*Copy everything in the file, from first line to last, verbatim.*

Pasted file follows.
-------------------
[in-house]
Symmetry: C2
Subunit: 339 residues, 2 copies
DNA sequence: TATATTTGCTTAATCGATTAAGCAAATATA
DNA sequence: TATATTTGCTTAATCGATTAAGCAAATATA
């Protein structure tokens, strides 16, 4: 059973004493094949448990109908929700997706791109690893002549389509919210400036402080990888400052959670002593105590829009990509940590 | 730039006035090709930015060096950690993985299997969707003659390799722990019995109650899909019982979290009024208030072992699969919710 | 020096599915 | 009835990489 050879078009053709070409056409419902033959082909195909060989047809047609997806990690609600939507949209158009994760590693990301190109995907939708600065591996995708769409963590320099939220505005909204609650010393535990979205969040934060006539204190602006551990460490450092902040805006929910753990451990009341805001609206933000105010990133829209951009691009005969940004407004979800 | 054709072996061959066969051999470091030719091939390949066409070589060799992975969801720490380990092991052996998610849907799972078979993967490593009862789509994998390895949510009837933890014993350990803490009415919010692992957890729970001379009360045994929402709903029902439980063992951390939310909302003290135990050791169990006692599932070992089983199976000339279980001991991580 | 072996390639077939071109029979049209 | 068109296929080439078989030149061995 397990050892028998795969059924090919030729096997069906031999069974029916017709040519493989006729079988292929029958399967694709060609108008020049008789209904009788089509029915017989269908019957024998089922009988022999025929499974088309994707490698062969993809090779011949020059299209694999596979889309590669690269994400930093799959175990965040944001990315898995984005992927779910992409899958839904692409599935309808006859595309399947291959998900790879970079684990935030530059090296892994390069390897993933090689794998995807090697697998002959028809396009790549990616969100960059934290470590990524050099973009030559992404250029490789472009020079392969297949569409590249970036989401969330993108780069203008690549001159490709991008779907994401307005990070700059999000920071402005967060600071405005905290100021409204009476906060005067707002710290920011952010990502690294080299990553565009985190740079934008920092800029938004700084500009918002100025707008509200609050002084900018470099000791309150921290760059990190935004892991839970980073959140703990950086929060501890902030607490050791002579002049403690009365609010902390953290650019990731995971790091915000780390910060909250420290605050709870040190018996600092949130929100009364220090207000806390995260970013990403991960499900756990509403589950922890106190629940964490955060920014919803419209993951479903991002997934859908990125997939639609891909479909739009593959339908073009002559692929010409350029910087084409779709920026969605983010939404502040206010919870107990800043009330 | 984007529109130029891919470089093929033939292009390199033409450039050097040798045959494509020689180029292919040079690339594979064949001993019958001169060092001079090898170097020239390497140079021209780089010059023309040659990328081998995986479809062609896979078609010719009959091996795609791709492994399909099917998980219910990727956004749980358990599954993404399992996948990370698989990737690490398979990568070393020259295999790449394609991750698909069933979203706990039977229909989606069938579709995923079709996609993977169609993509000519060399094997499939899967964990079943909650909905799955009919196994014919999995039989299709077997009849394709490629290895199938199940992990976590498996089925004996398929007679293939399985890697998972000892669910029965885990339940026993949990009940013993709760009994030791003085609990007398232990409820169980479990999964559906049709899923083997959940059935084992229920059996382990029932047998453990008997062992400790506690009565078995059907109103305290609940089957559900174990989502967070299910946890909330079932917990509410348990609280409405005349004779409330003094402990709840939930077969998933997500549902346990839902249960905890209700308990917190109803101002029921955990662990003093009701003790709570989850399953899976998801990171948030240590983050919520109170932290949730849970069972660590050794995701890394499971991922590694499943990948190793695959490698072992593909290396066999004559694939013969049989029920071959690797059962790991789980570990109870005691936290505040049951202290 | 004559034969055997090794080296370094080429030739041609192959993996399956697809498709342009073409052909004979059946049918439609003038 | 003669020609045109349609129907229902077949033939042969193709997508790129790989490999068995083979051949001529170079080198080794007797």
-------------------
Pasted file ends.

[in-house]
Symmetry: C2
Subunit: 339 residues, 2 copies
DNA sequence: TATATTTGCTTAATCGATTAAGCAAATATA
DNA sequence: TATATTTGCTTAATCGATTAAGCAAATATA
């Protein structure tokens, strides 16, 4: 059973004493094949448990109908929700997706791109690893002549389509919210400036402080990888400052959670002593105590829009990509940590 | 730039006035090709930015060096950690993985299997969707003659390799722990019995109650899909019982979290009024208030072992699969919710 | 020096599915 | 009835990489 050879078009053709070409056409419902033959082909195909060989047809047609997806990690609600939507949209158009994760590693990301190109995907939708600065591996995708769409963590320099939220505005909204609650010393535990979205969040934060006539204190602006551990460490450092902040805006929910753990451990009341805001609206933000105010990133829209951009691009005969940004407004979800 | 054709072996061959066969051999470091030719091939390949066409070589060799992975969801720490380990092991052996998610849907799972078979993967490593009862789509994998390895949510009837933890014993350990803490009415919010692992957890729970001379009360045994929402709903029902439980063992951390939310909302003290135990050791169990006692599932070992089983199976000339279980001991991580 | 072996390639077939071109029979049209 | 068109296929080439078989030149061995 397990050892028998795969059924090919030729096997069906031999069974029916017709040519493989006729079988292929029958399967694709060609108008020049008789209904009788089509029915017989269908019957024998089922009988022999025929499974088309994707490698062969993809090779011949020059299209694999596979889309590669690269994400930093799959175990965040944001990315898995984005992927779910992409899958839904692409599935309808006859595309399947291959998900790879970079684990935030530059090296892994390069390897993933090689794998995807090697697998002959028809396009790549990616969100960059934290470590990524050099973009030559992404250029490789472009020079392969297949569409590249970036989401969330993108780069203008690549001159490709991008779907994401307005990070700059999000920071402005967060600071405005905290100021409204009476906060005067707002710290920011952010990502690294080299990553565009985190740079934008920092800029938004700084500009918002100025707008509200609050002084900018470099000791309150921290760059990190935004892991839970980073959140703990950086929060501890902030607490050791002579002049403690009365609010902390953290650019990731995971790091915000780390910060909250420290605050709870040190018996600092949130929100009364220090207000806390995260970013990403991960499900756990509403589950922890106190629940964490955060920014919803419209993951479903991002997934859908990125997939639609891909479909739009593959339908073009002559692929010409350029910087084409779709920026969605983010939404502040206010919870107990800043009330 | 984007529109130029891919470089093929033939292009390199033409450039050097040798045959494509020689180029292919040079690339594979064949001993019958001169060092001079090898170097020239390497140079021209780089010059023309040659990328081998995986479809062609896979078609010719009959091996795609791709492994399909099917998980219910990727956004749980358990599954993404399992996948990370698989990737690490398979990568070393020259295999790449394609991750698909069933979203706990039977229909989606069938579709995923079709996609993977169609993509000519060399094997499939899967964990079943909650909905799955009919196994014919999995039989299709077997009849394709490629290895199938199940992990976590498996089925004996398929007679293939399985890697998972000892669910029965885990339940026993949990009940013993709760009994030791003085609990007398232990409820169980479990999964559906049709899923083997959940059935084992229920059996382990029932047998453990008997062992400790506690009565078995059907109103305290609940089957559900174990989502967070299910946890909330079932917990509410348990609280409405005349004779409330003094402990709840939930077969998933997500549902346990839902249960905890209700308990917190109803101002029921955990662990003093009701003790709570989850399953899976998801990171948030240590983050919520109170932290949730849970069972660590050794995701890394499971991922590694499943990948190793695959490698072992593909290396066999004559694939013969049989029920071959690797059962790991789980570990109870005691936290505040049951202290 | 004559034969055997090794080296370094080429030739041609192959993996399956697809498709342009073409052909004979059946049918439609003038 | 003669020609045109349609129907229902077949033939042969193709997508790129790989490999068995083979051949001529170079080198080794007797």